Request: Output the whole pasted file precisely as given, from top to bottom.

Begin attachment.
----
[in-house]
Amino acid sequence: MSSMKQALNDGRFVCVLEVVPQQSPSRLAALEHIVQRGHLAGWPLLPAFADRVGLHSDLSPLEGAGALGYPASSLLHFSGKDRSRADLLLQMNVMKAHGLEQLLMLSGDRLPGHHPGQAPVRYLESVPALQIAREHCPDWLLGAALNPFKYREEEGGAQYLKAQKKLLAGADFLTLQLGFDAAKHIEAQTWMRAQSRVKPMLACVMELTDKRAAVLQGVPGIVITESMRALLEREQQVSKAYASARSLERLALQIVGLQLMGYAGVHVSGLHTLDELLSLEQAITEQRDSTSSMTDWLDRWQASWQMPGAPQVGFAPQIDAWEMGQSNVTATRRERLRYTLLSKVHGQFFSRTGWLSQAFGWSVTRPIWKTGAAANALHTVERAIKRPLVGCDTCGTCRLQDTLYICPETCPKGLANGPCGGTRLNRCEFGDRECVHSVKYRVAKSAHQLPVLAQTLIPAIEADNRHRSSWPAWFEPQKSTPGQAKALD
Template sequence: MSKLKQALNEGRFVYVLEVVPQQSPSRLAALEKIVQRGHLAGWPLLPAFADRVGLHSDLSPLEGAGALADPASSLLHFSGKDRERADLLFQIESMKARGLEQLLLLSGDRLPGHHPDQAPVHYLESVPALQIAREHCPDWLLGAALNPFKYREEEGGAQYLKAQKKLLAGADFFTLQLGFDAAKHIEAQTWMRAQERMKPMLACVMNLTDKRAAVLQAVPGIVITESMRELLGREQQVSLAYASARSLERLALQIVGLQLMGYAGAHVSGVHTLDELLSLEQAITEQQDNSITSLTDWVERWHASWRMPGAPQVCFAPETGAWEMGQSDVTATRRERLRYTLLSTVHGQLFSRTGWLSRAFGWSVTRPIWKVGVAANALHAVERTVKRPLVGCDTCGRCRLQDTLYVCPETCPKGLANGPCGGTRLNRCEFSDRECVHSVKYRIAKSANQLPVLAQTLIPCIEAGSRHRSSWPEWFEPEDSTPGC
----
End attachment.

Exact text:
[in-house]
Amino acid sequence: MSSMKQALNDGRFVCVLEVVPQQSPSRLAALEHIVQRGHLAGWPLLPAFADRVGLHSDLSPLEGAGALGYPASSLLHFSGKDRSRADLLLQMNVMKAHGLEQLLMLSGDRLPGHHPGQAPVRYLESVPALQIAREHCPDWLLGAALNPFKYREEEGGAQYLKAQKKLLAGADFLTLQLGFDAAKHIEAQTWMRAQSRVKPMLACVMELTDKRAAVLQGVPGIVITESMRALLEREQQVSKAYASARSLERLALQIVGLQLMGYAGVHVSGLHTLDELLSLEQAITEQRDSTSSMTDWLDRWQASWQMPGAPQVGFAPQIDAWEMGQSNVTATRRERLRYTLLSKVHGQFFSRTGWLSQAFGWSVTRPIWKTGAAANALHTVERAIKRPLVGCDTCGTCRLQDTLYICPETCPKGLANGPCGGTRLNRCEFGDRECVHSVKYRVAKSAHQLPVLAQTLIPAIEADNRHRSSWPAWFEPQKSTPGQAKALD
Template sequence: MSKLKQALNEGRFVYVLEVVPQQSPSRLAALEKIVQRGHLAGWPLLPAFADRVGLHSDLSPLEGAGALADPASSLLHFSGKDRERADLLFQIESMKARGLEQLLLLSGDRLPGHHPDQAPVHYLESVPALQIAREHCPDWLLGAALNPFKYREEEGGAQYLKAQKKLLAGADFFTLQLGFDAAKHIEAQTWMRAQERMKPMLACVMNLTDKRAAVLQAVPGIVITESMRELLGREQQVSLAYASARSLERLALQIVGLQLMGYAGAHVSGVHTLDELLSLEQAITEQQDNSITSLTDWVERWHASWRMPGAPQVCFAPETGAWEMGQSDVTATRRERLRYTLLSTVHGQLFSRTGWLSRAFGWSVTRPIWKVGVAANALHAVERTVKRPLVGCDTCGRCRLQDTLYVCPETCPKGLANGPCGGTRLNRCEFSDRECVHSVKYRIAKSANQLPVLAQTLIPCIEAGSRHRSSWPEWFEPEDSTPGC